By ERICA EASON HALL •
Photography by GREG CAMPBELL
Lived-in, well-loved, and now updated, this home is ready for fall, family and friends.
In the Spring of 2018, Gary and Kathy Goode were ready for a change. The couple had lived in their home since 1997 and decided that it was time to make a major transformation to the home where they had raised their three children, Trey, Martha Katharine and Anna Douglas. The Goodes had enjoyed the house as it was for twenty-one years, but they were ready to give it a fresh open feel for entertaining friends and their adult children when they came home to visit.
Kathy was in love with the property since the very beginning. In fact, she first noticed the property when she was just a young girl traveling from her home town of Tunica to Marks, to visit her grandmother. Set in the middle of a sprawling pecan orchard outside of Clarksdale on Highway 6 with a long tree-lined driveway, the white house was idyllic. The family who built and occupied the house at the time had their name painted on the mailbox, “RITCH”. She laughs now, remembering that as a young child, peering out the window of the car at the mailbox, she thought to herself “rich people must live there.” So it seemed like fate when it became available in 1997 and Kathy could make it a home for her very own family.
The home’s history began with Horace and Nancy Ritch who built it in 1956. The Ritch’s had Texas architect James Butler McGee Jr. (a relative of Nancy’s) draw the plans. Horace was a Scotsman and Nancy was American. Horace Ritch was a cousin to Horace Allen with whom he planted cotton for a number of years in the area. The original design of the first floor included a great hall that stretched from front door to back terrace (which remains to this day), with a formal dining room, butler’s pantry, kitchen and library all to the right of the hall. Each of these spaces were originally separated by walls.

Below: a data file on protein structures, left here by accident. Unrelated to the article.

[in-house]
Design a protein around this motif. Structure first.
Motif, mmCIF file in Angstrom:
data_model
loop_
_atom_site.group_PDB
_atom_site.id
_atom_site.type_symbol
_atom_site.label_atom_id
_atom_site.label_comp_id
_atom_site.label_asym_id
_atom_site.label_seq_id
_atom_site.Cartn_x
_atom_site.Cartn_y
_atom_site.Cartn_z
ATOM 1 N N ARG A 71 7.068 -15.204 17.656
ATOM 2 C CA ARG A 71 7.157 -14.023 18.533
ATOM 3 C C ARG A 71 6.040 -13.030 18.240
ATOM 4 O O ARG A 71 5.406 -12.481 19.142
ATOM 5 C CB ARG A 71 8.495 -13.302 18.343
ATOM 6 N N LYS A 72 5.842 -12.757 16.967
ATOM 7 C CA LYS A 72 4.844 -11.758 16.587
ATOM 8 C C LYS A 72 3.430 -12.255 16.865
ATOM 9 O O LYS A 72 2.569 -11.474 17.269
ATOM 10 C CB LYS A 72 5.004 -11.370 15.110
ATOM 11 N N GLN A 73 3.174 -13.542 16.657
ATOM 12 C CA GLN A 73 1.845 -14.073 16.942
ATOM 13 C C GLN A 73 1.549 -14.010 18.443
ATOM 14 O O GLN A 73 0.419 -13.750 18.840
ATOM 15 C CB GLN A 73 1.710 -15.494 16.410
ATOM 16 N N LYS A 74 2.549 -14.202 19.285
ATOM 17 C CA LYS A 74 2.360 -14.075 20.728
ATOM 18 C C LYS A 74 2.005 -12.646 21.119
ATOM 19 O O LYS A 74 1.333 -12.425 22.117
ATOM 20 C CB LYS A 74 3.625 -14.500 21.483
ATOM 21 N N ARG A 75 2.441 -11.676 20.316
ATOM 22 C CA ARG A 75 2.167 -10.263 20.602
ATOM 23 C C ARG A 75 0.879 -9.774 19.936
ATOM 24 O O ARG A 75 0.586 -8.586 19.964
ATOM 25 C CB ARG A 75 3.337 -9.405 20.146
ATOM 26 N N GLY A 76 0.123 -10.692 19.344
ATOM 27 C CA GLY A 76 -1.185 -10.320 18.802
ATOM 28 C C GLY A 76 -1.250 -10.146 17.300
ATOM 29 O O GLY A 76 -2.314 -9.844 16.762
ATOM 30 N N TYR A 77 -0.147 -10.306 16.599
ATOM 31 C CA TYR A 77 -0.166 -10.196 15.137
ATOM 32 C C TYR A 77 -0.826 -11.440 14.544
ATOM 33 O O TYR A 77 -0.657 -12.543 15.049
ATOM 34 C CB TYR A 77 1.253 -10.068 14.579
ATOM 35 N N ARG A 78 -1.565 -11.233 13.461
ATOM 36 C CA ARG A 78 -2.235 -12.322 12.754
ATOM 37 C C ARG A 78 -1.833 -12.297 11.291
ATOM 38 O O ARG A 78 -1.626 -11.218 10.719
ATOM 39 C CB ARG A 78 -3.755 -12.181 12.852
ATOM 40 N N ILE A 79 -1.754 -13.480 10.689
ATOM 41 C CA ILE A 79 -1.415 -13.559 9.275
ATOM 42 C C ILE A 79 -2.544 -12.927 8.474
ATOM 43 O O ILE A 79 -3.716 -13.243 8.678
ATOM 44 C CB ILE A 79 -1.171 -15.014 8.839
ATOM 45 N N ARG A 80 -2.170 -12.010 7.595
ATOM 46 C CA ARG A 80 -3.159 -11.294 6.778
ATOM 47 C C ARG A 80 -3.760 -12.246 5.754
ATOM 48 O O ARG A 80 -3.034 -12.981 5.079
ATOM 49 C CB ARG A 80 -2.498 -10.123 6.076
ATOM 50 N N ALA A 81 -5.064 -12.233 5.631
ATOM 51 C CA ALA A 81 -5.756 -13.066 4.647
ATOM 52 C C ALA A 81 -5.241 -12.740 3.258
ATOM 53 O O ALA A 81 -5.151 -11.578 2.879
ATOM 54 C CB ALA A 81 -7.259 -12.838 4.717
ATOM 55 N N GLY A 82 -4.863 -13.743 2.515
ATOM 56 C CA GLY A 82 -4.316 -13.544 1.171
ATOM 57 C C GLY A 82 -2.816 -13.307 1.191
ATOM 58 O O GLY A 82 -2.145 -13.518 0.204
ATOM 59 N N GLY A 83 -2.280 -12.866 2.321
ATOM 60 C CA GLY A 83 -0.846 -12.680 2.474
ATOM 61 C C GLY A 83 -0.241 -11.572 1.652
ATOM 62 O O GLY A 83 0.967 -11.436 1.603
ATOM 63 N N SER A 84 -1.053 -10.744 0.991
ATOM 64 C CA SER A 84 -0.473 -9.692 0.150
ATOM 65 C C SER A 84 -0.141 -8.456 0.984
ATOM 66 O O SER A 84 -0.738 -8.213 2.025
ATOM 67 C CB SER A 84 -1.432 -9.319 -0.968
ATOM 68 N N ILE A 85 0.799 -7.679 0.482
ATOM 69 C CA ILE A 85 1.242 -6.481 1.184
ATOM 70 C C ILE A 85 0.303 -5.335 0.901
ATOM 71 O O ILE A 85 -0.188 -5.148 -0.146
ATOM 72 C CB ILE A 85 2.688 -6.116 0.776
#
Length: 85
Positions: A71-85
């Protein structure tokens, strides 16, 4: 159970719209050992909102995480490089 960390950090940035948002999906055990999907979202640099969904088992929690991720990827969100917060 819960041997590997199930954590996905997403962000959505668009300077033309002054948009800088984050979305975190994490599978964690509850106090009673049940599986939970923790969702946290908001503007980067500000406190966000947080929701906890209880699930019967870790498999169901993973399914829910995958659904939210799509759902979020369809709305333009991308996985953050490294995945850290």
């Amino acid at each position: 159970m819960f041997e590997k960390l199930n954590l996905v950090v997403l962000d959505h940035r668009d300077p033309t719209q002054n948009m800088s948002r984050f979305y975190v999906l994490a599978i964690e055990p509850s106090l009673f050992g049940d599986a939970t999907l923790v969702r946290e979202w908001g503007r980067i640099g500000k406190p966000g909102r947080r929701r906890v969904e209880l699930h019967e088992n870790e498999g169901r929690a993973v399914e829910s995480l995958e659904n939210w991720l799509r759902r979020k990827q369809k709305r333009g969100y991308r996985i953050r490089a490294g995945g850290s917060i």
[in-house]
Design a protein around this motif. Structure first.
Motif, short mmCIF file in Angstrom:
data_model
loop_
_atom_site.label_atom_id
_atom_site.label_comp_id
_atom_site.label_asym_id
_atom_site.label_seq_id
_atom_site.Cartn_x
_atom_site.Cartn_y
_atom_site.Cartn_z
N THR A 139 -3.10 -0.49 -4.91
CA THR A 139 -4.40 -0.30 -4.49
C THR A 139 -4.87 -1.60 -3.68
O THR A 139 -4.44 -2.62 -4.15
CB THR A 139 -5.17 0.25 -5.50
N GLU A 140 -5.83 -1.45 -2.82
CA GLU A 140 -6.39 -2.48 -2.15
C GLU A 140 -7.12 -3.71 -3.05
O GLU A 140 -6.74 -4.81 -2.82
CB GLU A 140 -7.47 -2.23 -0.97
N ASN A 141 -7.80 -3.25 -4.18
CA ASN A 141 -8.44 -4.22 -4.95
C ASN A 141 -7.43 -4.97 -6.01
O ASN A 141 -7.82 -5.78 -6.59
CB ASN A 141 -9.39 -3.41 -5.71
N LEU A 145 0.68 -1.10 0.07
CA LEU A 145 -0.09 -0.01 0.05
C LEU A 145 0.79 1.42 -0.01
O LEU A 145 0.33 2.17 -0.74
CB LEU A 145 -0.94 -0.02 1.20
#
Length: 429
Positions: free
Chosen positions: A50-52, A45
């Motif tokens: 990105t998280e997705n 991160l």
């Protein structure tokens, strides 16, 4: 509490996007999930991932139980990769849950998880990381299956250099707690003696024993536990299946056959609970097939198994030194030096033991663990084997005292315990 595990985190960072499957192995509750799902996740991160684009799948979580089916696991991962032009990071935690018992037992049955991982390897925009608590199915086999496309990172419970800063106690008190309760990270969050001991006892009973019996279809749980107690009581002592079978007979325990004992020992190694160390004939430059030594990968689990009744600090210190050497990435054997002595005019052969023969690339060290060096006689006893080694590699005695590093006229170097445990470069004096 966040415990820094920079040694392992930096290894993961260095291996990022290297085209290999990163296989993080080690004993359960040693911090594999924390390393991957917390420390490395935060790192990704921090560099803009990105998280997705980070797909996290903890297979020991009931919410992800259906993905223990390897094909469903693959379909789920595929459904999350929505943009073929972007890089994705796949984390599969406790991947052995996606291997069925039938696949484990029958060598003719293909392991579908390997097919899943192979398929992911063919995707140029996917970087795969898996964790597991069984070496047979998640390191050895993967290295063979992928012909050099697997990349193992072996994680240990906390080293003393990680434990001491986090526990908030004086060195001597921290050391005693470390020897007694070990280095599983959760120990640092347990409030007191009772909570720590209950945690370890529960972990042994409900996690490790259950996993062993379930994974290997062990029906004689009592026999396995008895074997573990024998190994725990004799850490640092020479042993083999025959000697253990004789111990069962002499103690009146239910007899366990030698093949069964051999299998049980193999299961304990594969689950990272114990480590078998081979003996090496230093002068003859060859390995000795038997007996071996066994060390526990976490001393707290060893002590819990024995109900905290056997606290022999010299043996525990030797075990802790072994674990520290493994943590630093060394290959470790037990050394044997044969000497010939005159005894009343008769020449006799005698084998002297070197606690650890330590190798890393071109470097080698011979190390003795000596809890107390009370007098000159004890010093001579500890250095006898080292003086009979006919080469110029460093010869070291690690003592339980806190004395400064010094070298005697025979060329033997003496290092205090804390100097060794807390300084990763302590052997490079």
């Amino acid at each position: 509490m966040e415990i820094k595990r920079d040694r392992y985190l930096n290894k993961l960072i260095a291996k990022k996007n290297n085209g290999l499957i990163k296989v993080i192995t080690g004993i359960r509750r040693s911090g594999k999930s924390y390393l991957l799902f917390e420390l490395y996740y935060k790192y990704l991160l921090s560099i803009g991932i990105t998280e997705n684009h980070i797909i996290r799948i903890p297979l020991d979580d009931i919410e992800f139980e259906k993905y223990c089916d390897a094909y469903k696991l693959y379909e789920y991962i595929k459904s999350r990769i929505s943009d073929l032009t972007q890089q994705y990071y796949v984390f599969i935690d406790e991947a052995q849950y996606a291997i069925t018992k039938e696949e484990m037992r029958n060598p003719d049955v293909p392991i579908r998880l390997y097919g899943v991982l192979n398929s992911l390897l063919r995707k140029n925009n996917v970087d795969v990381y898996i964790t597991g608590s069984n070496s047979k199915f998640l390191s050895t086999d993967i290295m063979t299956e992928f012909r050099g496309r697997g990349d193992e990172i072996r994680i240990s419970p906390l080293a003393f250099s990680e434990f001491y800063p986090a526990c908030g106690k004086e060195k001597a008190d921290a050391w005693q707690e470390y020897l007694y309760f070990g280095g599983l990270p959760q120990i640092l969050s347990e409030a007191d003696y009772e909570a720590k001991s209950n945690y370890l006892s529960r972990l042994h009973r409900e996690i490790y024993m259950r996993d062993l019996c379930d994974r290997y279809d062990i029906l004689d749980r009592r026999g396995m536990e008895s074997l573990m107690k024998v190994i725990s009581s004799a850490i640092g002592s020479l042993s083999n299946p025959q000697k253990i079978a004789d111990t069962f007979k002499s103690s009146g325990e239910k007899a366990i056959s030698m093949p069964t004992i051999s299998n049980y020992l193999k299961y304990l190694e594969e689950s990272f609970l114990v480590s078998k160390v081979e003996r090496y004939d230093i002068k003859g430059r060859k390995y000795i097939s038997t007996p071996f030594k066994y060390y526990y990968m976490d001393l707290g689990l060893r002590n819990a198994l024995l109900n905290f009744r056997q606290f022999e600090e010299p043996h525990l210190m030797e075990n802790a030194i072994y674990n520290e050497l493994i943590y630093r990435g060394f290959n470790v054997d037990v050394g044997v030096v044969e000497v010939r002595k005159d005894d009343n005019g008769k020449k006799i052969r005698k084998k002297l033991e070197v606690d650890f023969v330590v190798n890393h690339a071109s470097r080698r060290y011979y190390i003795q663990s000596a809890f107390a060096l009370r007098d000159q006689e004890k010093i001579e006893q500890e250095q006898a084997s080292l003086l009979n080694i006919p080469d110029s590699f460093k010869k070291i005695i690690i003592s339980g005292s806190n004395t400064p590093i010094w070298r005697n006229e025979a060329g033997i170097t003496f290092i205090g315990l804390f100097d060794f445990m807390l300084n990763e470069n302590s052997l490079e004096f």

Gary and Kathy called on local interior designer Rachel Cirilli who is known for her spacial planning and kitchen and bath renovations. Cirilli gave the Goodes three options for opening up the rooms ranging from the minimal yet effective use of large cased openings to a dramatically different open floor plan. They went with the most impactful option of a wide-open floor plan. This plan meant taking down three major walls and adding large milky stained beams for stability and structure.
This large-scale renovation project took six months to complete. “We set the master bedroom up like an apartment during the renovation, and lived out of a dorm refrigerator, coffee maker, and microwave, but hey, we made it work!”
Cirilli chose a singular paint color and trim to go throughout giving the space a cohesive feel. The creamy white wall and trim color would be warmly contrasted by stained coffee nook, expansive butcher block island, antique brick backsplash, hardwood and brick floors.